October 11, 23, and 26
Are there old trees in Brooklyn? Yes, but not quite like these–
An oak in the Archbishop of Canterbury’s garden.
We were taken there by our friend poet Elaine Randall, who is among other things a child protection officer for the Canterbury diocese. So she knows all the employees and every nook and cranny of the building and grounds.
A yew in an Oxfordshire churchyard.
A chestnut on the grounds of what was once Dartington College.We were taken there by poet John Hall who acceded to our wish to see the place despite his sadness at returning to a scene of loss. He even had to pay for parking at a place where he’d served as vice chancellor for two decades… Dartington College as a haven for art education and exploration is no more. As gone as Black Mountain College. Currently the Dartington buildings and grounds are used as a conference center. Black Mountain is a children’s summer camp.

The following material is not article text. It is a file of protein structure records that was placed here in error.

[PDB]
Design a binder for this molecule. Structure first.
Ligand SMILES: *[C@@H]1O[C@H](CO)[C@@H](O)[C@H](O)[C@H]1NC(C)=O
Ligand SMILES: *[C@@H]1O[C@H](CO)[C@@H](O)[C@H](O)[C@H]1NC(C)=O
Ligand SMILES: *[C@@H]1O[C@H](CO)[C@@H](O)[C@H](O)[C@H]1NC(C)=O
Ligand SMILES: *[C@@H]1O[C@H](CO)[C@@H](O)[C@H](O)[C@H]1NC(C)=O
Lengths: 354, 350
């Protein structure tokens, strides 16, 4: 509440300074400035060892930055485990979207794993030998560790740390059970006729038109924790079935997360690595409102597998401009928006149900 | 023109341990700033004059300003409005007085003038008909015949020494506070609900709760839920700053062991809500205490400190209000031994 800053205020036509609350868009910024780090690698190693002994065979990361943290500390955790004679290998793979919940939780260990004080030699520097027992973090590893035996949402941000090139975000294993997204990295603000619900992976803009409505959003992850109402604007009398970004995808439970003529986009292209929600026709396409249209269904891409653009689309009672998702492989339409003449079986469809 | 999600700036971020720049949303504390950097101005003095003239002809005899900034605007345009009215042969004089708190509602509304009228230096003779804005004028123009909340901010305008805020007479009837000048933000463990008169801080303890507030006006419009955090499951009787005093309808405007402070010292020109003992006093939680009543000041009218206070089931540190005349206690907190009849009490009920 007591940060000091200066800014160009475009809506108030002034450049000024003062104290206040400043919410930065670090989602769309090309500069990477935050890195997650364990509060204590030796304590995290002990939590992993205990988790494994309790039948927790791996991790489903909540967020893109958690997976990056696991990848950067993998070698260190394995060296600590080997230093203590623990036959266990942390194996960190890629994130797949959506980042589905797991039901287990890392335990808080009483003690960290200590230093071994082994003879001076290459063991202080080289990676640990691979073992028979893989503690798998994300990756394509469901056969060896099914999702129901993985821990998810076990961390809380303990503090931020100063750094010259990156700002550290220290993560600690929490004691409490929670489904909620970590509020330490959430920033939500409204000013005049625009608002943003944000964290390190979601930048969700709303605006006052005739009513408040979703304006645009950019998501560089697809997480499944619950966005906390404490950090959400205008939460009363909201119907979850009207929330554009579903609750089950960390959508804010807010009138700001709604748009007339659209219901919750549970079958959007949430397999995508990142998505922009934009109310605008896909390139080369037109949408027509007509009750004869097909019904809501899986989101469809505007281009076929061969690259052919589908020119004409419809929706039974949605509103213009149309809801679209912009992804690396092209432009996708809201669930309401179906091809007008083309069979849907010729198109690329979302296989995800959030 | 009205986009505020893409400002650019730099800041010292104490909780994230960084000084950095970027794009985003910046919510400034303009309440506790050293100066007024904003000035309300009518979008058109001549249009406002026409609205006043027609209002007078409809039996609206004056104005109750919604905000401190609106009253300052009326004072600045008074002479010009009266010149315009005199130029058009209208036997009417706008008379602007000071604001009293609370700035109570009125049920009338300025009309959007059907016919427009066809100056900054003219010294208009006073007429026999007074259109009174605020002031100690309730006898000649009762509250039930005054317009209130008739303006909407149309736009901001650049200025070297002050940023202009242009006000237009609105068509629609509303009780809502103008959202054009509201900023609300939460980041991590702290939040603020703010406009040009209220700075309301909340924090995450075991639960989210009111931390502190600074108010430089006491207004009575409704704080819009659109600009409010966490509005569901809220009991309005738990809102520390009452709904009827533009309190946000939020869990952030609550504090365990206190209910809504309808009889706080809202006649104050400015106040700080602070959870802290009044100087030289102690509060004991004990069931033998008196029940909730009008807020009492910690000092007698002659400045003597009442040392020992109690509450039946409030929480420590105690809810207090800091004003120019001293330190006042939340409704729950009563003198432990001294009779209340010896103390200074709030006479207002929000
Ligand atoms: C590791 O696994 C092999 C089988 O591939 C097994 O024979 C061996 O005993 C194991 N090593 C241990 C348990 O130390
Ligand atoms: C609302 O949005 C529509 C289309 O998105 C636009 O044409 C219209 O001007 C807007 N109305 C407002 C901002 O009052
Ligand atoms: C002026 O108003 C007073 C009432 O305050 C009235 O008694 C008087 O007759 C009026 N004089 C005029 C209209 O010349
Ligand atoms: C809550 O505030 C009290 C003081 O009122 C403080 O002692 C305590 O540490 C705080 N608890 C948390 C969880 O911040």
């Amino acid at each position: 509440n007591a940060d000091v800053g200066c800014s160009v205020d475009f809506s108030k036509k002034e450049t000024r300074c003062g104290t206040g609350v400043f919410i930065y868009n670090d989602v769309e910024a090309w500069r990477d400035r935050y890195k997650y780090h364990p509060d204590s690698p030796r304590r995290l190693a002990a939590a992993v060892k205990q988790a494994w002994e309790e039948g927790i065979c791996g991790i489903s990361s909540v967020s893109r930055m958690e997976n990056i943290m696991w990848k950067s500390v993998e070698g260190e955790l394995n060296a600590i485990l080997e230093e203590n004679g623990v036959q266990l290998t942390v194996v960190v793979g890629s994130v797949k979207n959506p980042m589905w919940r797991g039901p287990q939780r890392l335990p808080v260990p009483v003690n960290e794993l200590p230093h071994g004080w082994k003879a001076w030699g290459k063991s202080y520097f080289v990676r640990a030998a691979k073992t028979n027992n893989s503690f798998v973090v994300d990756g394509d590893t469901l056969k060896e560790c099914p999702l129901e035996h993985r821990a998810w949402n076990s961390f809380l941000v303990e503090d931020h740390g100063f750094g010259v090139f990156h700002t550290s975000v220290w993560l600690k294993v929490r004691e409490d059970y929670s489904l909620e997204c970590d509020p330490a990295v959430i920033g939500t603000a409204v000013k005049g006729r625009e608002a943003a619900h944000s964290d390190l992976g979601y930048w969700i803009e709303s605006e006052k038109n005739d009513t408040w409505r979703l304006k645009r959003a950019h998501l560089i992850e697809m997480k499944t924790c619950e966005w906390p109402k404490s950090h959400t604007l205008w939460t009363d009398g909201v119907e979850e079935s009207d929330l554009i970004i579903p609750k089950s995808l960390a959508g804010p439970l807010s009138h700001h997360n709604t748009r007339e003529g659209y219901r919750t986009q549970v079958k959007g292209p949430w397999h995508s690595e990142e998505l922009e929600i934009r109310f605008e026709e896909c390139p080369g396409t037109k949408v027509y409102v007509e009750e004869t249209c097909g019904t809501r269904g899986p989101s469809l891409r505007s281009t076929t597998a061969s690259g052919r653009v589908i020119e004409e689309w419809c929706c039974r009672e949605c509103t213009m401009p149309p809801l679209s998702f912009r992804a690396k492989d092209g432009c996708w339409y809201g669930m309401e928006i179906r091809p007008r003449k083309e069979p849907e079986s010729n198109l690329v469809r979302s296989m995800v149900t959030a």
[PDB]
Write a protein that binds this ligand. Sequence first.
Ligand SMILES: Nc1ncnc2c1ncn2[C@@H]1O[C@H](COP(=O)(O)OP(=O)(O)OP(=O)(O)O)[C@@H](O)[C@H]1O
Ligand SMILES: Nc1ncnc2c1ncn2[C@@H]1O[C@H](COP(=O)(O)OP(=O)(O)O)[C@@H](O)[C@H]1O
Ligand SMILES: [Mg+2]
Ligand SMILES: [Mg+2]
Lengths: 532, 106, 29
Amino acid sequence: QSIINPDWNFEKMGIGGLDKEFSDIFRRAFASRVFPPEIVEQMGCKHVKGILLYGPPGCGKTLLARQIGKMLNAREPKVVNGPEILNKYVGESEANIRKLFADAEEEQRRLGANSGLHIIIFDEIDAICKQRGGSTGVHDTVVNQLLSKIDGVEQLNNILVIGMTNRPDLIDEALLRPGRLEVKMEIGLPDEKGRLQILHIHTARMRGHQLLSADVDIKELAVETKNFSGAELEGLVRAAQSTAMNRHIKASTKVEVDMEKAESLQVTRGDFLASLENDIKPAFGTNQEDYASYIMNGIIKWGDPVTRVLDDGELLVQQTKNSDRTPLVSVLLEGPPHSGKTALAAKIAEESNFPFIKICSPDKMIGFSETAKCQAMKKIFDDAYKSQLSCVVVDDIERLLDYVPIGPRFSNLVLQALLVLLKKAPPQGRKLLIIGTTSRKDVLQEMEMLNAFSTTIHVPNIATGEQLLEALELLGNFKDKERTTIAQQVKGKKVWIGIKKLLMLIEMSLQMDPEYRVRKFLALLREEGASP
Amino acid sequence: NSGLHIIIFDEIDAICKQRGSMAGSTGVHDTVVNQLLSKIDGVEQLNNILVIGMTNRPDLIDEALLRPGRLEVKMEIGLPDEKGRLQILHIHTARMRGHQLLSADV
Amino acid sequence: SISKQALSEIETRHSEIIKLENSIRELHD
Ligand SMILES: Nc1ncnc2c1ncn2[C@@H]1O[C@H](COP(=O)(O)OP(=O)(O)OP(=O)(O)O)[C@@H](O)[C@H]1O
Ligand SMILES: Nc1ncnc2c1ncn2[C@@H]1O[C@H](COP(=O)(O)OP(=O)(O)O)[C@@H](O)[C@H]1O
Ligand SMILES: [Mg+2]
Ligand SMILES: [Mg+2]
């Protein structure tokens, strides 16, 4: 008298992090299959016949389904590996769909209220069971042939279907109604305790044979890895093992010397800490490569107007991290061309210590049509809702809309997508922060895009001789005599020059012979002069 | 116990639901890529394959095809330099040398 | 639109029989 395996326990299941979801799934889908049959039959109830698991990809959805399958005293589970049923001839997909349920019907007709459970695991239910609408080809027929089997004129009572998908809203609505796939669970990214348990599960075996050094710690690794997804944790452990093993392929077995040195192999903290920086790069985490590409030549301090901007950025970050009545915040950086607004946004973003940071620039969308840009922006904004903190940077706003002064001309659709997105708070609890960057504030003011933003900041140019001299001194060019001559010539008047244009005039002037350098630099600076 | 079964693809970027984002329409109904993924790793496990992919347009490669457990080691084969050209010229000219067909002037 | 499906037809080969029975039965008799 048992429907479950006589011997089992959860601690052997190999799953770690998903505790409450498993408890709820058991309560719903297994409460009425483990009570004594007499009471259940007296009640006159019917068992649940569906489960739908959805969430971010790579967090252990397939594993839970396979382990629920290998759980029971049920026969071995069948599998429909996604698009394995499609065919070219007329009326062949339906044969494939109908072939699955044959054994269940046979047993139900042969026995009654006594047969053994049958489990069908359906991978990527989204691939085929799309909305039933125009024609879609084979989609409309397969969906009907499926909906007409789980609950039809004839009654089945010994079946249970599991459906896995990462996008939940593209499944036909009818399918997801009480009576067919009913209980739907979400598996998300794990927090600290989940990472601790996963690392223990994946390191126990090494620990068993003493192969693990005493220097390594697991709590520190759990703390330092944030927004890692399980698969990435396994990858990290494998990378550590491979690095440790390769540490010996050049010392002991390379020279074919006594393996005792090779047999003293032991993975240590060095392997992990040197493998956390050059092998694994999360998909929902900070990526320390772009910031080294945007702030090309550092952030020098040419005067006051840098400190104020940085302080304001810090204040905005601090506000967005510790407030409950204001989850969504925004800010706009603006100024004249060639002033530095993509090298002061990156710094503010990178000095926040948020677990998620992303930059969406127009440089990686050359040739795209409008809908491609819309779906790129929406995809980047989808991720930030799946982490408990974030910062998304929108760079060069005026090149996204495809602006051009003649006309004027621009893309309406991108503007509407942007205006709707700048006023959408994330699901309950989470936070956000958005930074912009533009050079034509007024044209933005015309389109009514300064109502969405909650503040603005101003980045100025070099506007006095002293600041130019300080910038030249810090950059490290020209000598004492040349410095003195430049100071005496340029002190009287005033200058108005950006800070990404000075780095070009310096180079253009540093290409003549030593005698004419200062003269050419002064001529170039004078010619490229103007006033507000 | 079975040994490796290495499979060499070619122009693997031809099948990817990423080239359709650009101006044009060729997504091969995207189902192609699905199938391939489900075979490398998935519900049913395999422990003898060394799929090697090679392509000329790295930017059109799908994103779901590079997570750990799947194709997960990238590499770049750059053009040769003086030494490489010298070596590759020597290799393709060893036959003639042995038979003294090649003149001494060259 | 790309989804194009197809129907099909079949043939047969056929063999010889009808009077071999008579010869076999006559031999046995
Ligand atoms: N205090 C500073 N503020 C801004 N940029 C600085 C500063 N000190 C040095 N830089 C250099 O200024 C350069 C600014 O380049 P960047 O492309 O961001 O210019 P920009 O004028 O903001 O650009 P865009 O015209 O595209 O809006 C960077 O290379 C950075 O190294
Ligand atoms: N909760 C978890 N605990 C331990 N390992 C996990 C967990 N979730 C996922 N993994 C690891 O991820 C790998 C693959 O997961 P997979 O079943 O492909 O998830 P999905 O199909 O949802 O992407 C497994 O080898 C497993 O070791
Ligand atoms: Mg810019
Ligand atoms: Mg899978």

Another yew in another churchyard… The connection is ancient and deliberate. The yews are almost always far older than the church or churchyard and have clearly been cherished by the newer order. Perhaps not to the extent of sampling the leaves or berries. Yew leaves was a preferred means of suicide for the Romans and had some connection to pre-Christian graveyards possibly as protectors of souls after death.
And green, green everywhere in Devon.
John Hall took us up the Dart river where these are.
Will any of these turn up as images in Basil King paintings? Stay tuned.
©Basil King, “Looking for the Green Man” mixed media on paper, 24″ x 40″